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Gill v. Nooth

United States District Court, D. Oregon

October 1, 2018

DANYALE DEWITT GILL, Petitioner,
v.
MARK NOOTH, Respondent.

          ORDER ADOPTING FINDINGS AND RECOMMENDATION

          MICHAEL H. SIMON UNITED STATES DISTRICT JUDGE

         United States Magistrate Judge John Jelderks issued Findings and Recommendation (F&R) in this case on August 22, 2018. ECF 102. Judge Jelderks recommended that Petitioner's Petition for Writ of Habeas Corpus be denied with prejudice. Judge Jelderks also recommended that this Court should decline to issue a certificate of appealability on the basis that the petitioner has not made a substantial showing of the denial of a constitutional right pursuant to 28 U.S.C. § 2253(c)(2).

         Under the Federal Magistrates Act (“Act”), the Court may “accept, reject, or modify, in whole or in part, the findings or recommendations made by the magistrate.” 28 U.S.C. § 636(b)(1). If a party files objections to a magistrate judge's findings and recommendations, “the court shall make a de novo determination of those portions of the report or specified proposed findings or recommendations to which objection is made.” Id.; Fed.R.Civ.P. 72(b)(3).

         For those portions of a magistrate judge's findings and recommendations to which neither party has objected, the Act does not prescribe any standard of review. See Thomas v. Arn, 474 U.S. 140, 152 (1985) (“There is no indication that Congress, in enacting [the Act], intended to require a district judge to review a magistrate's report to which no objections are filed.”); United States. v. Reyna-Tapia, 328 F.3d 1114, 1121 (9th Cir. 2003) (en banc) (holding that the court must review de novo magistrate judge's findings and recommendations if objection is made, “but not otherwise”). Although in the absence of objections no review is required, the Act “does not preclude further review by the district judge[] sua sponte . . . under a de novo or any other standard.” Thomas, 474 U.S. at 154. Indeed, the Advisory Committee Notes to Fed.R.Civ.P. 72(b) recommend that “[w]hen no timely objection is filed, ” the Court review the magistrate judge's recommendations for “clear error on the face of the record.” Petitioner timely filed an objection (ECF 104), to which Respondent responded (ECF 105). The Court has reviewed de novo the F&R, the briefing of the parties before Judge Jelderks, the objections to the F&R, and the response thereto. The Court agrees with Judge Jelderks's reasoning regarding the Petition for a Writ of Habeas Corpus and ADOPTS those portions of the F&R to which Petitioner objected, as supplemented herein.

         Petitioner objects that Judge Jelderks misconstrued Petitioner's notice argument as an argument that he lacked notice that he could be resentenced as a Dangerous Offender on remand. Petitioner asserts that he instead argued that he lacked notice that he could be sentenced as a Dangerous Offender in the original proceedings. Either way, Petitioner's notice claim fails.

         As relevant here, under the Antiterrorism and Effective Death Penalty Act (“AEDPA”), a federal court considering a habeas application of a person in custody pursuant to the judgment of a state court may not grant that application with respect to any claim that was adjudicated on the merits in state court proceedings unless the state court adjudication “resulted in a decision that was contrary to, or involved an unreasonable application of, clearly established Federal law, as determined by the Supreme Court of the United States.” 28 U.S.C. 2254(d)(1). The Supreme Court has determined that an “unreasonable” application of clearly established federal law for purposes of AEDPA must be “objectively unreasonable.” Williams v. Taylor, 529 U.S. 362, 409 (2000).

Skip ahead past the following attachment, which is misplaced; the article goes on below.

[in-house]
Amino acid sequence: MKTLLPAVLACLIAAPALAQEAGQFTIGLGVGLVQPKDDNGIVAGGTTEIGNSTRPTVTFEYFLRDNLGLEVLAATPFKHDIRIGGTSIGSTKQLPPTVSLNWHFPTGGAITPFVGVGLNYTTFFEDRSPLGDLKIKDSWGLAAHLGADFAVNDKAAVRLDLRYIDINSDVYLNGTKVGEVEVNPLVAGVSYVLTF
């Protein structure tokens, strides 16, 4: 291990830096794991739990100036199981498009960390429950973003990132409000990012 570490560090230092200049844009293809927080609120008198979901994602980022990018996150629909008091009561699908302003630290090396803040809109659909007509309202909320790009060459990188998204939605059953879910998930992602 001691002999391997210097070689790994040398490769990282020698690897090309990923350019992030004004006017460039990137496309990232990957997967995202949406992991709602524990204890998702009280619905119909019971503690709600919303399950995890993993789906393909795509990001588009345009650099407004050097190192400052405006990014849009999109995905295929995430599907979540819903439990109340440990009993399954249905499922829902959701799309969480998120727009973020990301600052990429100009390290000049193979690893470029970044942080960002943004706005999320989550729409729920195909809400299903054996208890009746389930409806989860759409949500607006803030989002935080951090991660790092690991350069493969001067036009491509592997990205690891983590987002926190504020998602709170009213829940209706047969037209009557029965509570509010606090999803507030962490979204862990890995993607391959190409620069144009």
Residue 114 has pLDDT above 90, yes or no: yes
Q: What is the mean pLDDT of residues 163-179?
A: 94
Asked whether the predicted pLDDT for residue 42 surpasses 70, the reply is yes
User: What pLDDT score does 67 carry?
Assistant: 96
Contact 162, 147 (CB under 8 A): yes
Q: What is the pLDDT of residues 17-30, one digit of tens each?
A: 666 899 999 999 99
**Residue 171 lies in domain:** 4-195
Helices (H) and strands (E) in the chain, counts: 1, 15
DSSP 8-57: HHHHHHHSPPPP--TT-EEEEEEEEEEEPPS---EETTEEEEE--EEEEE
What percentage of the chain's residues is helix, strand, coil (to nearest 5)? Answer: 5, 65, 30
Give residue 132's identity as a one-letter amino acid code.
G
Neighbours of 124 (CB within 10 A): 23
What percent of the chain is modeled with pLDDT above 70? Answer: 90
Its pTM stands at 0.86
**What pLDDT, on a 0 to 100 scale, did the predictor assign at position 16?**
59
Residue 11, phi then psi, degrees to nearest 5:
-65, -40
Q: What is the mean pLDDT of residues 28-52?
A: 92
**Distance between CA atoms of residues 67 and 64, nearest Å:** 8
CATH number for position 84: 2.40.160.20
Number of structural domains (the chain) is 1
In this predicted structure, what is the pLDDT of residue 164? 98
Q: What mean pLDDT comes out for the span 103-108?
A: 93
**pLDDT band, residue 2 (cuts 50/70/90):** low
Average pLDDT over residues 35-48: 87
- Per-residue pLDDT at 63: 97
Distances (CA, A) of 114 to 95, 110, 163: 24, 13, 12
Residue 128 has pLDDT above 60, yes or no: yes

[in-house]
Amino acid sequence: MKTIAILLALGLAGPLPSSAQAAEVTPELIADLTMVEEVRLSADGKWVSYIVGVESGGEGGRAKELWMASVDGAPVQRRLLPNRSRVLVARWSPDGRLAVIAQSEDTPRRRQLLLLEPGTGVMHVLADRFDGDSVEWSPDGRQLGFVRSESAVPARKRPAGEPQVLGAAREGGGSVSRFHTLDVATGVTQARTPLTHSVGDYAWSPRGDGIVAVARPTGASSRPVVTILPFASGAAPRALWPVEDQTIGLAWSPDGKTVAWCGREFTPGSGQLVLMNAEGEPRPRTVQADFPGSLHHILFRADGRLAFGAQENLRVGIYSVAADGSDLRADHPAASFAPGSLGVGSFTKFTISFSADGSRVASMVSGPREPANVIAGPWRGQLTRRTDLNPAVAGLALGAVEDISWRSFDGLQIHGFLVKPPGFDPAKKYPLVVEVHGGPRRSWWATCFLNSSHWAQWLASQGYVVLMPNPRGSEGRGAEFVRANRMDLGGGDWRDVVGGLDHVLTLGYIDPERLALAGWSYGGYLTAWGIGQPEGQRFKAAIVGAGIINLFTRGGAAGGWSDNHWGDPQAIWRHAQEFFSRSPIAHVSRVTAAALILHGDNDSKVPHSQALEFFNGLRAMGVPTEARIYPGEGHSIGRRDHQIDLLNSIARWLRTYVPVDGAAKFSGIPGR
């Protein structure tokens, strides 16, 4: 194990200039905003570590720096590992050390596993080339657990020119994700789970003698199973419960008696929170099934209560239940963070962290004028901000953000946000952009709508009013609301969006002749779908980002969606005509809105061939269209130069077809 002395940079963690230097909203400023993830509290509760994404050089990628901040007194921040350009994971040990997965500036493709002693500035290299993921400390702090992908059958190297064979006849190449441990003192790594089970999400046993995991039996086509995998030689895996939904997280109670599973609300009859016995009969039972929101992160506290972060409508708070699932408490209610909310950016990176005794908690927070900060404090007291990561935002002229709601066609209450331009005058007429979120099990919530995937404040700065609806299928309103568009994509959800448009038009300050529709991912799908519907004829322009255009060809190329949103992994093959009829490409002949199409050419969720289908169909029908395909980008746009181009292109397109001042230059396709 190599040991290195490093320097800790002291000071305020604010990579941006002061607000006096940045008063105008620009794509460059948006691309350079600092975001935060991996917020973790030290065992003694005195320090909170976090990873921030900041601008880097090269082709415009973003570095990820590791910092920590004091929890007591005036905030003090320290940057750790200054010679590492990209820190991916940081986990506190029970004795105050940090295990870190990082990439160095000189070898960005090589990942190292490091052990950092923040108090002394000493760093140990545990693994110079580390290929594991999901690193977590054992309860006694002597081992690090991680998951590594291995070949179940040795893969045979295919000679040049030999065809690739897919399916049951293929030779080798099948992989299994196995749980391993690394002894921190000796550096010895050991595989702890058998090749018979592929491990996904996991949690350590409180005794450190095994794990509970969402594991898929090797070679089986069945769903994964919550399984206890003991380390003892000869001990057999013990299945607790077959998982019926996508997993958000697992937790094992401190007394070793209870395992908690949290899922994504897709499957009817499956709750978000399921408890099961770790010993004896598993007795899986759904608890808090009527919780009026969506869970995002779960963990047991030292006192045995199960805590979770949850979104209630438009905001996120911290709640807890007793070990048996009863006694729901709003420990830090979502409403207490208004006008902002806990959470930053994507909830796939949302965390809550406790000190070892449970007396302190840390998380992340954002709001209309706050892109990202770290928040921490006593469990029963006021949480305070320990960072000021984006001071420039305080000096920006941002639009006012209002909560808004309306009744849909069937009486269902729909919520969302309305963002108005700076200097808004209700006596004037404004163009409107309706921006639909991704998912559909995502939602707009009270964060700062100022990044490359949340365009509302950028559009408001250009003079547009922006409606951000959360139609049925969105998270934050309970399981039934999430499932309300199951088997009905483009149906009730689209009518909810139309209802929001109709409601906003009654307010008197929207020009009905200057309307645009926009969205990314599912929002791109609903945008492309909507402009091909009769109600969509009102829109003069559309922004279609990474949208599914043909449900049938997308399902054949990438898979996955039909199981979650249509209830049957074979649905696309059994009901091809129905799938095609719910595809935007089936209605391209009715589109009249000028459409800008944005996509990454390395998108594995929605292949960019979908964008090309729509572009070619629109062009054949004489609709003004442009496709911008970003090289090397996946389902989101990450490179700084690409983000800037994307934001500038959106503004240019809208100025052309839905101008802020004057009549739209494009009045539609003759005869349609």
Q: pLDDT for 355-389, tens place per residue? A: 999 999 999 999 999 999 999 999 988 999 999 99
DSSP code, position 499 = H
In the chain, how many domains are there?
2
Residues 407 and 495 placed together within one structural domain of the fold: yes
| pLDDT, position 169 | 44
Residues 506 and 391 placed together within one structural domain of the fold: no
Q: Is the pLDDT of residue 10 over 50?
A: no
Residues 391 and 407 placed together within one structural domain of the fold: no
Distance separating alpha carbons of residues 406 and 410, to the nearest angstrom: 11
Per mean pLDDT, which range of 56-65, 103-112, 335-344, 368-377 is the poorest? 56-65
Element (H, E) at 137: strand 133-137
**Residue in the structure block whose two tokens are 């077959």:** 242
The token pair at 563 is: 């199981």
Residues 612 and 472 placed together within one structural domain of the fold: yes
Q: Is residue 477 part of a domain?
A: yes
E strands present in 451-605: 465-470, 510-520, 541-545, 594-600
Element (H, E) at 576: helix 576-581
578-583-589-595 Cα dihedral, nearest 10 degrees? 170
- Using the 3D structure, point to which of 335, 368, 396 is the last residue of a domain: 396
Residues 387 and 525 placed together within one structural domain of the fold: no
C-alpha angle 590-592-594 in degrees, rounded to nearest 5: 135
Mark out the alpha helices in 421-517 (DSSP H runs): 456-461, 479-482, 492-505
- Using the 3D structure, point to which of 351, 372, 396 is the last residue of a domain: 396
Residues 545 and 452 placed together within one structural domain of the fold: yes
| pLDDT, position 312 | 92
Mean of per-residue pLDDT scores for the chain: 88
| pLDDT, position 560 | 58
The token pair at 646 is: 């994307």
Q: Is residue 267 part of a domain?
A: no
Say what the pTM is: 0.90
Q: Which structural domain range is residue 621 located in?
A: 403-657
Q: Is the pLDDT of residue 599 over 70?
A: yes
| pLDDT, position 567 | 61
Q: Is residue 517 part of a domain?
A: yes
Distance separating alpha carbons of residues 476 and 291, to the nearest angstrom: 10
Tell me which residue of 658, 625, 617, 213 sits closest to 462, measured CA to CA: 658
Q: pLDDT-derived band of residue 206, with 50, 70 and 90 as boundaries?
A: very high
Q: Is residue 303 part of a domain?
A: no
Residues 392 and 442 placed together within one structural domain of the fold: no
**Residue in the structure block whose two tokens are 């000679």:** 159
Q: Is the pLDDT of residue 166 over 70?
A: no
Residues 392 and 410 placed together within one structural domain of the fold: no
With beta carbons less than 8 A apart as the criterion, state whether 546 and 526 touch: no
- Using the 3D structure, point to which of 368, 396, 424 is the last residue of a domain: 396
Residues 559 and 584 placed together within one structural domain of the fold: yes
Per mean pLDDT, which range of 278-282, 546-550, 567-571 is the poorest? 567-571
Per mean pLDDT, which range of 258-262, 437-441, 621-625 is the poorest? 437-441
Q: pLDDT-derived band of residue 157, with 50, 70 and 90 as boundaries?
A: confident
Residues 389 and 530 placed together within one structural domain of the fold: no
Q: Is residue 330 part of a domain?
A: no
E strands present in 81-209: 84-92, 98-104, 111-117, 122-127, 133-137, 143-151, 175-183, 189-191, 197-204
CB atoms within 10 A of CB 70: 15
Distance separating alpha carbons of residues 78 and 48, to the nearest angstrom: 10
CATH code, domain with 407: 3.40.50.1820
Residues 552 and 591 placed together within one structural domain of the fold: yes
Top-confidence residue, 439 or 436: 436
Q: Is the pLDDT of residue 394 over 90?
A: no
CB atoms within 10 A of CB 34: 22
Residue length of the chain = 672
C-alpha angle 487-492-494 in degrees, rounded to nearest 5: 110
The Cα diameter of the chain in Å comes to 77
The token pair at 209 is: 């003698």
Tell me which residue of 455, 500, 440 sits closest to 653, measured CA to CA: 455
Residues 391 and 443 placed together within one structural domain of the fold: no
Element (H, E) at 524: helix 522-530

There is no clearly established federal law, as determined by the Supreme Court, requiring that an indictment allege sentencing factors. In Oregon, “the legislature has provided that a prosecutor need not plead sentence enhancement facts in the indictment.” State v. Reinke, 309 P.3d 1059, 1067 (Or. 2013). Petitioner's counsel was informed months before trial that the prosecution intended to seek a Dangerous Offender enhancement. Thus, Petitioner had sufficient notice before the original proceedings. And, as Judge Jelderks found, Petitioner had ample notice that the state intended to resentence him as a Dangerous Offender on remand, because he had previously been sentenced as a Dangerous Offender. Petitioner has pointed to no relevant Supreme Court authority to support his claim that this notice is insufficient. Thus, Petitioner's Sixth Amendment notice claim must fail.

         For those portions of Judge Jelderks's F&R to which neither party has objected, this Court follows the recommendation of the Advisory Committee and reviews those matters for clear error on the face of the record. No. such error is apparent and the Court adopts those portions of the F&R.

         CONCLUSION

         The Court ADOPTS Judge Jelderks's Findings and Recommendation (ECF 102), as supplemented herein. Petitioner's habeas corpus petition (ECF 2) is DENIED. The Court declines to issue a Certificate of Appealability on Petitioner's claims because Petitioner has not made a substantial showing of the denial of a constitutional right pursuant to 28 U.S.C. § 2253(c)(2).

         IT ...


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